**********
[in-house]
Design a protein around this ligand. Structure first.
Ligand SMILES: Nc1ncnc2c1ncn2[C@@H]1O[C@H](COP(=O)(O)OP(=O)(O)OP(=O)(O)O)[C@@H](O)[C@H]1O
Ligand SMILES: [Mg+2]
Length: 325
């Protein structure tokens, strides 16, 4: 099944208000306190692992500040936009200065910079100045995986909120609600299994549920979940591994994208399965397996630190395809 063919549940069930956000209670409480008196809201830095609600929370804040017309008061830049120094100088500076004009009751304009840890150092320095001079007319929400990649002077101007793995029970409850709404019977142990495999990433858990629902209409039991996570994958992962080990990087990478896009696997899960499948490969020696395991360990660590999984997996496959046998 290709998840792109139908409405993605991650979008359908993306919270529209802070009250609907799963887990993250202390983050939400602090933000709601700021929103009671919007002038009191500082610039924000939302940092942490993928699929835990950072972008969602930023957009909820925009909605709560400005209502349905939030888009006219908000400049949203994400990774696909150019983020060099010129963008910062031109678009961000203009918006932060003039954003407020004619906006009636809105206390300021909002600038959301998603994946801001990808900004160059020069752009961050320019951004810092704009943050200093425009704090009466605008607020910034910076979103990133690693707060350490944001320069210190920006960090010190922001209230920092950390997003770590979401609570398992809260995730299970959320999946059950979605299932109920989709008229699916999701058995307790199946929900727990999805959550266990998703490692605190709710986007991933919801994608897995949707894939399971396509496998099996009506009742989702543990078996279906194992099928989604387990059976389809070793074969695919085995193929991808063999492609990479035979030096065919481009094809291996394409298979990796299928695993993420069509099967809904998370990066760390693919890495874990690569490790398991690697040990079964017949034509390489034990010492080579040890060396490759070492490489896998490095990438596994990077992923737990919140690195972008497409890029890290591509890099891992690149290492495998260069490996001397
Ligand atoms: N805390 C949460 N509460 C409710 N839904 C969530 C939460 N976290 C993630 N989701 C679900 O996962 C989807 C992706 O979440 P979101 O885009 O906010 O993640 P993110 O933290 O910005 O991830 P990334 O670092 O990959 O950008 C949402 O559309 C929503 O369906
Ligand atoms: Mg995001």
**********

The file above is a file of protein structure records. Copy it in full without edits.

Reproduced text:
[in-house]
Design a protein around this ligand. Structure first.
Ligand SMILES: Nc1ncnc2c1ncn2[C@@H]1O[C@H](COP(=O)(O)OP(=O)(O)OP(=O)(O)O)[C@@H](O)[C@H]1O
Ligand SMILES: [Mg+2]
Length: 325
């Protein structure tokens, strides 16, 4: 099944208000306190692992500040936009200065910079100045995986909120609600299994549920979940591994994208399965397996630190395809 063919549940069930956000209670409480008196809201830095609600929370804040017309008061830049120094100088500076004009009751304009840890150092320095001079007319929400990649002077101007793995029970409850709404019977142990495999990433858990629902209409039991996570994958992962080990990087990478896009696997899960499948490969020696395991360990660590999984997996496959046998 290709998840792109139908409405993605991650979008359908993306919270529209802070009250609907799963887990993250202390983050939400602090933000709601700021929103009671919007002038009191500082610039924000939302940092942490993928699929835990950072972008969602930023957009909820925009909605709560400005209502349905939030888009006219908000400049949203994400990774696909150019983020060099010129963008910062031109678009961000203009918006932060003039954003407020004619906006009636809105206390300021909002600038959301998603994946801001990808900004160059020069752009961050320019951004810092704009943050200093425009704090009466605008607020910034910076979103990133690693707060350490944001320069210190920006960090010190922001209230920092950390997003770590979401609570398992809260995730299970959320999946059950979605299932109920989709008229699916999701058995307790199946929900727990999805959550266990998703490692605190709710986007991933919801994608897995949707894939399971396509496998099996009506009742989702543990078996279906194992099928989604387990059976389809070793074969695919085995193929991808063999492609990479035979030096065919481009094809291996394409298979990796299928695993993420069509099967809904998370990066760390693919890495874990690569490790398991690697040990079964017949034509390489034990010492080579040890060396490759070492490489896998490095990438596994990077992923737990919140690195972008497409890029890290591509890099891992690149290492495998260069490996001397
Ligand atoms: N805390 C949460 N509460 C409710 N839904 C969530 C939460 N976290 C993630 N989701 C679900 O996962 C989807 C992706 O979440 P979101 O885009 O906010 O993640 P993110 O933290 O910005 O991830 P990334 O670092 O990959 O950008 C949402 O559309 C929503 O369906
Ligand atoms: Mg995001």